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B.C. judge says Victoria homeless camp must be dismantled

Judge says Victoria’s so-called ‘tent city’ is unsafe for those living there and for the neighbouring residents and businesses


 

VICTORIA – A British Columbia judge has ordered the shut down of a camp on the lawn of Victoria’s courthouse where about 100 people have been living since last fall.

Chief Justice Christopher Hinkson of the B.C. Supreme Court said in a 40-page decision released Tuesday conditions have deteriorated at the so-called tent city.

“I have come to the conclusion that the encampment is unsafe for those living there and for the neighbouring residents and businesses and cannot be permitted to continue,” he wrote.

The ruling grants the province an injunction to shut down the camp over the next several weeks.

It was the second time the government had applied for an injunction. Hinkson denied the original application in April, ruling the government hadn’t proved it would suffer irreparable harm if an injunction wasn’t granted.

Conditions changed between the two injunction applications, Hinkson said, adding that violence and criminal activity at the camp have “markedly increased” in recent months.

“There is evidence that members of an organized and criminal street gang have been present at the encampment, and at one point were resident there,” he said.

Neighbours have also reported seeing drug paraphernalia, used condoms and evidence of rats in and around the site in recent months, the ruling said.

Hinkson ordered residents of the tent city to leave as soon as they can and move into housing made available by the province.

He also ordered all fences and obstructions in the camp to be removed immediately.

Everyone will need to have moved off the site, and all structures and possessions must be taken away, by Aug. 8 at the latest, the ruling said.

Housing Minister Rich Coleman has said the government will have housing available for every camper by that date.

The province has already provided more than 190 spaces for Victoria’s homeless since last October, including shelter and living units at a former youth jail, a community centre and a seniors care facility, Coleman has said.

In the next three days, anyone without a place to live must identify themselves to provincial officials so they can get help finding housing, the ruling said.

The court order shows the province has done a good job of providing housing for people who need it, Coleman said in a recorded statement reacting to the decision.

“And we can now bring this particular site back to use for everyone in the city of Victoria.”

What happens if campers remain after the Aug. 8 deadline is unclear.

The Victoria Police Department said the order does not contain any specific direction for it to follow, so officers will review the details of the decision and work with other interested parties to determine its next steps.

Coleman said the province has a transition plan in place for people living in the camp.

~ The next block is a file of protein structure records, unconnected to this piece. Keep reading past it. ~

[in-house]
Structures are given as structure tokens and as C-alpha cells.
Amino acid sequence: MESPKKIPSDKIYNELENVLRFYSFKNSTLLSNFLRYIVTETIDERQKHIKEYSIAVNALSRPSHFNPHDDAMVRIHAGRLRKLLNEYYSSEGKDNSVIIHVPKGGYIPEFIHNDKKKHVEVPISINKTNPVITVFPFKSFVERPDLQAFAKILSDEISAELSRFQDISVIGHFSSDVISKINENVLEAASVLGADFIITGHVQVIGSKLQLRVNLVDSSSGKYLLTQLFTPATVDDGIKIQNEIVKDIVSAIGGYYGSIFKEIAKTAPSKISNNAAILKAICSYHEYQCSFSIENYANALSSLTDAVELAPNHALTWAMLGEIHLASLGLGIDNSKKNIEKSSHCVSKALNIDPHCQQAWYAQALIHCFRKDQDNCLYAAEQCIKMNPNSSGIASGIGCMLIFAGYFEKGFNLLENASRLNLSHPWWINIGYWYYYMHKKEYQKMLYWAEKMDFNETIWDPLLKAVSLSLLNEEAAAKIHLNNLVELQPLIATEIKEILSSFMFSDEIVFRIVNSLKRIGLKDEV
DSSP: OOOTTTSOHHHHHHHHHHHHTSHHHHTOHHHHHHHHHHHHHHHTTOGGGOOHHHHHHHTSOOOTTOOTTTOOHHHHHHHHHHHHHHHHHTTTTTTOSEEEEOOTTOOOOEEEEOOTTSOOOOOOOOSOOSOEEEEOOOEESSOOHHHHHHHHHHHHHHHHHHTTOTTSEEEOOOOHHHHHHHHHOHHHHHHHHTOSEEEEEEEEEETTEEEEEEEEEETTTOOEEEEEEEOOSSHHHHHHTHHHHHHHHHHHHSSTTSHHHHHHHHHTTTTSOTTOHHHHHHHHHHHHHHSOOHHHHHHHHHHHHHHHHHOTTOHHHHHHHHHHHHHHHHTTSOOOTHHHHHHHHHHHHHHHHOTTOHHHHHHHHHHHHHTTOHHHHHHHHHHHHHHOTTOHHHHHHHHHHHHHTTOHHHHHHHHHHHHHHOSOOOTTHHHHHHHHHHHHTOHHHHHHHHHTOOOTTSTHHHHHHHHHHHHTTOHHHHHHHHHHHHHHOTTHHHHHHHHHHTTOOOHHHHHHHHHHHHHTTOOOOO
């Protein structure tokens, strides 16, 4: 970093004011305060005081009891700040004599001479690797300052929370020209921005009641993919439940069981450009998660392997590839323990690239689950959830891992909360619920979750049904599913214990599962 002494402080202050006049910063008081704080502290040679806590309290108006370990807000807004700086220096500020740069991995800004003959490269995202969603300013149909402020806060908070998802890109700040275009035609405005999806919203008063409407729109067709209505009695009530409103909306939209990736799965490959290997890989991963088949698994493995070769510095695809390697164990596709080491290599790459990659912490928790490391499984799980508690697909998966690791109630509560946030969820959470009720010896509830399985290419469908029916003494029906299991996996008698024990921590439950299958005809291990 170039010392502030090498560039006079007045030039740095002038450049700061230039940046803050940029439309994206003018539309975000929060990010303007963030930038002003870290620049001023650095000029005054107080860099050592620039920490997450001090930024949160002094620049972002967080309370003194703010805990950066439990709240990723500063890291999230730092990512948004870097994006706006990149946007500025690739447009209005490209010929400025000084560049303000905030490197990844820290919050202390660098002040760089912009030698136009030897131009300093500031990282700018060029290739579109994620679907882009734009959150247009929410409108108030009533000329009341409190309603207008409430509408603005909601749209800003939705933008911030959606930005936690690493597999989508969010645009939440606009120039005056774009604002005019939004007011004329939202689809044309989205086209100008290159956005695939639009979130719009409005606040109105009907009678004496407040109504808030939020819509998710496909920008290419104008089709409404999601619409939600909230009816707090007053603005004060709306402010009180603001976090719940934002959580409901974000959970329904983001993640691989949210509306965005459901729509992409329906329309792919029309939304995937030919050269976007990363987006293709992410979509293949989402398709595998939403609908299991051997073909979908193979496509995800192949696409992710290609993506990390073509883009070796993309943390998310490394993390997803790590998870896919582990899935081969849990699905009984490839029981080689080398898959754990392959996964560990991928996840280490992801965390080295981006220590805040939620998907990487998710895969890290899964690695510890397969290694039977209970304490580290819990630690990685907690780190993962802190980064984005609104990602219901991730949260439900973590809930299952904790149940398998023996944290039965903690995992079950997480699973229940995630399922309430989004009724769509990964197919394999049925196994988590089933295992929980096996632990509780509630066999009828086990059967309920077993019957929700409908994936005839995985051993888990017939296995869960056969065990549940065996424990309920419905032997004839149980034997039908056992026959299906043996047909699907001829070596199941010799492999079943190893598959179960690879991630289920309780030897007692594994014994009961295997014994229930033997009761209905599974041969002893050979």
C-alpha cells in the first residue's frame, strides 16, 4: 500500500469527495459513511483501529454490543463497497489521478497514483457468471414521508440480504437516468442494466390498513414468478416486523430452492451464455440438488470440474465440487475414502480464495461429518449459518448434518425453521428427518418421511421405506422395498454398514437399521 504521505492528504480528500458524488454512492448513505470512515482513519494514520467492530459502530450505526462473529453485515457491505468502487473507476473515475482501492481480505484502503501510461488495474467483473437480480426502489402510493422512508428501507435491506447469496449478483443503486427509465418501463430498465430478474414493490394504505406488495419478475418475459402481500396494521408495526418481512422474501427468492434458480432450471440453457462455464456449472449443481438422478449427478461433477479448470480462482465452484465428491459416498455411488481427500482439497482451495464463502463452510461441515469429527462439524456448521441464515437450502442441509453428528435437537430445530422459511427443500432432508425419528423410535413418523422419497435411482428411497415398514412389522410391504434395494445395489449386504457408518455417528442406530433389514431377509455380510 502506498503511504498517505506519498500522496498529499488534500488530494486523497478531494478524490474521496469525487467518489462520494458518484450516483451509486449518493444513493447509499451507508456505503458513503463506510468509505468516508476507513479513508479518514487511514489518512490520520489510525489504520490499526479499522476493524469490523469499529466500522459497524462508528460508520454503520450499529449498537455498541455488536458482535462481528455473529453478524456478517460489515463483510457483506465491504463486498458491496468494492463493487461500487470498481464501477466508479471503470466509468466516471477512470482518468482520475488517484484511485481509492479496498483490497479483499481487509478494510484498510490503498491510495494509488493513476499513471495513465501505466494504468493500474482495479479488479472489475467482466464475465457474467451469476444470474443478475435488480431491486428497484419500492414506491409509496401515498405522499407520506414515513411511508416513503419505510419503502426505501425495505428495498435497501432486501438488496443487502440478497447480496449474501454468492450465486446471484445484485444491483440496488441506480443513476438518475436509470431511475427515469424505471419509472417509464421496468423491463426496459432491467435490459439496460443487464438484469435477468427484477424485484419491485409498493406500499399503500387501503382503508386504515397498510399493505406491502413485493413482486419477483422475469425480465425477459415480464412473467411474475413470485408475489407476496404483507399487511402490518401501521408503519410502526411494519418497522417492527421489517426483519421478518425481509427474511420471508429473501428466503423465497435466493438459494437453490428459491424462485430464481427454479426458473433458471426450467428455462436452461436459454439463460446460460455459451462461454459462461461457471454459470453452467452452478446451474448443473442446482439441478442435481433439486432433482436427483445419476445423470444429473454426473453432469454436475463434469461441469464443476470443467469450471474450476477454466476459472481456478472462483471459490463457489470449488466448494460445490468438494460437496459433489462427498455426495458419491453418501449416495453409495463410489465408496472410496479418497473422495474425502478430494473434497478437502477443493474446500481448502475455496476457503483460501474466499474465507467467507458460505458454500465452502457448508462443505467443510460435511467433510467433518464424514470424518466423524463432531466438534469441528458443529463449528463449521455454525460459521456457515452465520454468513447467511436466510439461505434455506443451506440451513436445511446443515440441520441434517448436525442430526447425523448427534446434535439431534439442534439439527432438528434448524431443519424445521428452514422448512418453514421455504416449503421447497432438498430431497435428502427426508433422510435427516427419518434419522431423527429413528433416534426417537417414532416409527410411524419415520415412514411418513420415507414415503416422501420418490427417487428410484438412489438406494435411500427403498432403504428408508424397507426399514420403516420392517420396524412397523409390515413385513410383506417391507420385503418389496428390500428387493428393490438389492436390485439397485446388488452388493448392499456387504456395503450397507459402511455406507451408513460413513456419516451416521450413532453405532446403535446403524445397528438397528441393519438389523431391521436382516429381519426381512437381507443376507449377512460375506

“We will continue to relocate them into the appropriate shelter in an orderly and co-operative way,” he said.


 
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B.C. judge says Victoria homeless camp must be dismantled

  1. Well well, that’s nice. When I was in Victoria in April it was looking fairly orderly but that was bound to change in what was, basically, a lawless enclave (ironically) on the steps of the courthouse. I was raised in Victoria in the 70s and 80s and you had to watch your step in public or you’d end up in the back of the ‘bunwagon’ (paddy wagon) off to spend a night in the Fisgard St ‘city bucket’ – the drunk tank. It didn’t matter if you were drunk or not, any disorderly conduct would do, Victoria was a tourist town and the cops kept a tight lid on things. Although there were reputed to be people living in Beacon Hill park, I didn’t see how that was possible as the cops had dog patrols, even people who fell asleep on the beach after partying could expect a rude wakeup call and a ride in the bunwagon.
    In the 1990s when I left, the demographics were changing, an influx of left wingers from points east and south, and complacency on the part of long time residents, led to the rise of BIG HIPPY government where drug tourists and wastrels from other parts of the country were not only tolerated, but accommodated! A shelter was built in the oldest part of town on Store St. creating a tourist no-go zone and economic dead-zone, as well as a base for the legions of panhandlers plaguing the streets. There were other factors at play as well, the local stock of inexpensive housing was drying up due to rising house prices, and people were increasingly reluctant to rent due to crazy tribunals that made it very difficult to evict bad tenants. This lead to many long term residents being left homeless as well.
    The 2000s saw a return to a semblance of order as there was talk of moving the downtown shelter, 9/11 happened and suddenly Victoria real estate was an even hotter commodity, the large and growing street population was by then attracting ‘activists’ and other professional trouble-makers. The increasingly weak willed and ineffective city council did little, the new ‘liberal’ provincial couldn’t be bothered and here we are today. Things have (finally) been done but a new dynamic is in play and a culture of appeasement has taken hold at city hall, with the most ineffective mayor yet, and the outlying municipalities are just as bad. ‘BIG HIPPY’ has come to stay, with his bong-hits and stupidity and belief that everything is owed to the loudest voices demanding it, what a bummer!

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